The fifteen successor states that were born from the wreck of the Soviet Union are now twenty years old. If these countries were people, they would now be emerging from adolescence into full adulthood (although still one year away from the legal drinking age in the United States).

For the three South Caucasian countries, Armenia, Azerbaijan, and Georgia, the milestone of two decades is a moment to reflect that, unlike their unhappy experiment with statehood in the years 1918-21, this time independence is irreversible. Yet, it is still much easier to say what these states are not, than what they are.

First, they are not “newly independent,” as they were frequently described in the 1990s. Twenty years is an age to look forward and not back.

Nor is the term “post-Soviet” as useful as it was. The Soviet Union has shaped their politics and culture, but the South Caucasus is now busy re-discovering its geography at the intersection of Russia, Eastern Europe, the Middle East, and Asia. Iran and Turkey are nearer than Moscow.

It is also misleading to still describe these countries as being “in transition.” The hope that the post-Communist countries were on an inevitable trajectory toward democracy and a free market economy was stopped in its tracks by local realities. This is not Poland. Even Georgia, the most progressive of the three, still lags a long way behind most Central and Eastern European countries in the strength of its democratic institutions and the openness of its economy.

Equally, the term “conflict regions” is not the best description. Of course, the three bitter and still unresolved conflicts fought here in the 1990s over the disputed territories of Abkhazia, South Ossetia, and Nagorny Karabakh—and reprised in South Ossetia in 2008—cast a long shadow. But it would be a mistake to say that conflict defines how people in the region see themselves. State-building has continued despite them and opinion polls suggest most people are more preoccupied with economic issues than the conflicts.

Finally, the twenty-year mark is surely the moment to say that three adult countries should be defined by their own domestic performances and not by the behavior of their Great Power neighbors. Yes, Russia can be a difficult neighbor, but in real terms it does not threaten Georgia more now than it did in the early 1990s. Modern Turkey is an entirely different country from the Ottoman Empire, while Iran is preoccupied with its internal problems and poses no immediate threat to the stability of the region.

These three countries are now functioning states—something that was definitely not a given in the conflict-scarred, lawless, dark days of the early 1990s. The governments provide services, institutions work, workers are paid for the job they do. Yet most foreign visitors are only seeing a distorted picture if they do not venture beyond the three capital cities. Baku, Tbilisi, and Yerevan are all now eminently visitable cities, with smart shops and hotels and good public services. Baku in particular is bursting with new infrastructure and construction from its energy boom. But on the edge of the cities, a different picture begins to unfold of poverty, crushing unemployment, and hundreds of villages half-emptied by emigration.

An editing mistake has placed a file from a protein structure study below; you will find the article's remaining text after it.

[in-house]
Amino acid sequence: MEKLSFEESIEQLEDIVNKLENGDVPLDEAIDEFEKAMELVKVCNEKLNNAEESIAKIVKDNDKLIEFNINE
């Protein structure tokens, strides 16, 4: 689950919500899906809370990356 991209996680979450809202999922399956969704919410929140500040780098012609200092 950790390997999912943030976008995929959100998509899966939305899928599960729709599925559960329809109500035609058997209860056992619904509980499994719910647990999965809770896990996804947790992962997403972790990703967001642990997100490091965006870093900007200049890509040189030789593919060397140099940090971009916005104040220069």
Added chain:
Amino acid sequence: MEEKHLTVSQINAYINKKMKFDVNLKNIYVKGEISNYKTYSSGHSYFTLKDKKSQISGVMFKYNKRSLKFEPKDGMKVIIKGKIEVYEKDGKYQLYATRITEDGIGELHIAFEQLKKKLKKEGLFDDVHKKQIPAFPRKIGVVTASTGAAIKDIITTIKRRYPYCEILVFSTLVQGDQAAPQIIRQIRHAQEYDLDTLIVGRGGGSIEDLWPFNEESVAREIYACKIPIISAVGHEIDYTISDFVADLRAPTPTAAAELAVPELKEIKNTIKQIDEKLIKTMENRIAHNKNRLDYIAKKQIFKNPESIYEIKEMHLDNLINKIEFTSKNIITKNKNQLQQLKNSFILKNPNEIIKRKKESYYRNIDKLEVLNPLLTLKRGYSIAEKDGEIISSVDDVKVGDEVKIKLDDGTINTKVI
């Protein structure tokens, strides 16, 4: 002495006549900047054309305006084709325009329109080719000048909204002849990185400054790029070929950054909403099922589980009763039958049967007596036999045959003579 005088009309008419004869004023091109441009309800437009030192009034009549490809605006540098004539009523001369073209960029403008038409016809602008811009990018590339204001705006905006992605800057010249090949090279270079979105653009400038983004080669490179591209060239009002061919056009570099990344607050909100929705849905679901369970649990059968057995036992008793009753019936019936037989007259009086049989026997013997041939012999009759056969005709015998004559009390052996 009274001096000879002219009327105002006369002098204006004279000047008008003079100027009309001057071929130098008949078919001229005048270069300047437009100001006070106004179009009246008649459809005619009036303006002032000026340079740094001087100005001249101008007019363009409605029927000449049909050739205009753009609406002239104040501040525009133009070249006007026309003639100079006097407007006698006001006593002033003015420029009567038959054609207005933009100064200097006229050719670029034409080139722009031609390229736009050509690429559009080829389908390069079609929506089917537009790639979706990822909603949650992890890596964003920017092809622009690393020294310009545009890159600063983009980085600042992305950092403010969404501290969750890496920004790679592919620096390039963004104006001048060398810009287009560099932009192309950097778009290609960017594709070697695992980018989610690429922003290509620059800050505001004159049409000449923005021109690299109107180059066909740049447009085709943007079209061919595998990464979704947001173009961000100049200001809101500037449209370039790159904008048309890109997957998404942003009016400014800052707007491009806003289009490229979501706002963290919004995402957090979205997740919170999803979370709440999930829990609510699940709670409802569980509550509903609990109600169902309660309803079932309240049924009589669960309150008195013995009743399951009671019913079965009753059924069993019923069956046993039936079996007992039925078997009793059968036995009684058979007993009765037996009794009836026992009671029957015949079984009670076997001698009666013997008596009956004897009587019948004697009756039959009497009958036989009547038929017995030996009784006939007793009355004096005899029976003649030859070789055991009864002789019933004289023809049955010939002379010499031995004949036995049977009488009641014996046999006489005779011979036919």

If you look at the GDP per capita of the three countries, Armenia and Georgia are still stuck in a desperately low-income bracket (around $5,000 per capita, making them around three times poorer than Turkey), while Azerbaijan’s stronger performance masks big oil and gas revenues that are concentrated among a relatively small urban segment of the population. No wonder that, of an official population of around 16 million people across all three countries, at least a fifth has left in temporary or permanent emigration in search of work.

So, although the biggest threat these three countries face is that renewed conflict will drag them back two decades, there is a longer-term challenge of slipping into global irrelevance. Even if new conflicts can be averted (and, more ambitiously, the long-standing disputes can be resolved peacefully) the challenge is to build states where the poorest members of the population want to live.

Here, prosperity and political accountability go hand in hand. All three countries basically have one-party systems and weak oppositions. That has created a disconnect between the ruling class and the mass of the population—what might be called a latter-day feudal relationship.

Perhaps the most depressing fact of twenty years of independence in the South Caucasus is that there has not been a single instance where power has been transferred peacefully between government and opposition through an election. Five presidents—Levon Ter-Petrosian in Armenia, Ayaz Mutalibov and Abulfaz Elchibey in Azerbaijan, and Zviad Gamsakhurdia and Eduard Shevardnadze in Georgia—have been either deposed or pushed out, leaving office before their terms were up. Nowhere has an incumbent lost an election and congratulated his rival on defeating him. In fact the only time this has happened was before independence in 1990, when in both Armenia and Georgia the Soviet Communist Party peacefully surrendered power to the nationalist opposition.

Creating an environment where this kind of transfer of power is possible—and peaceful—should be at the top of the agenda for all those who wish the South Caucasus success over the next two decades.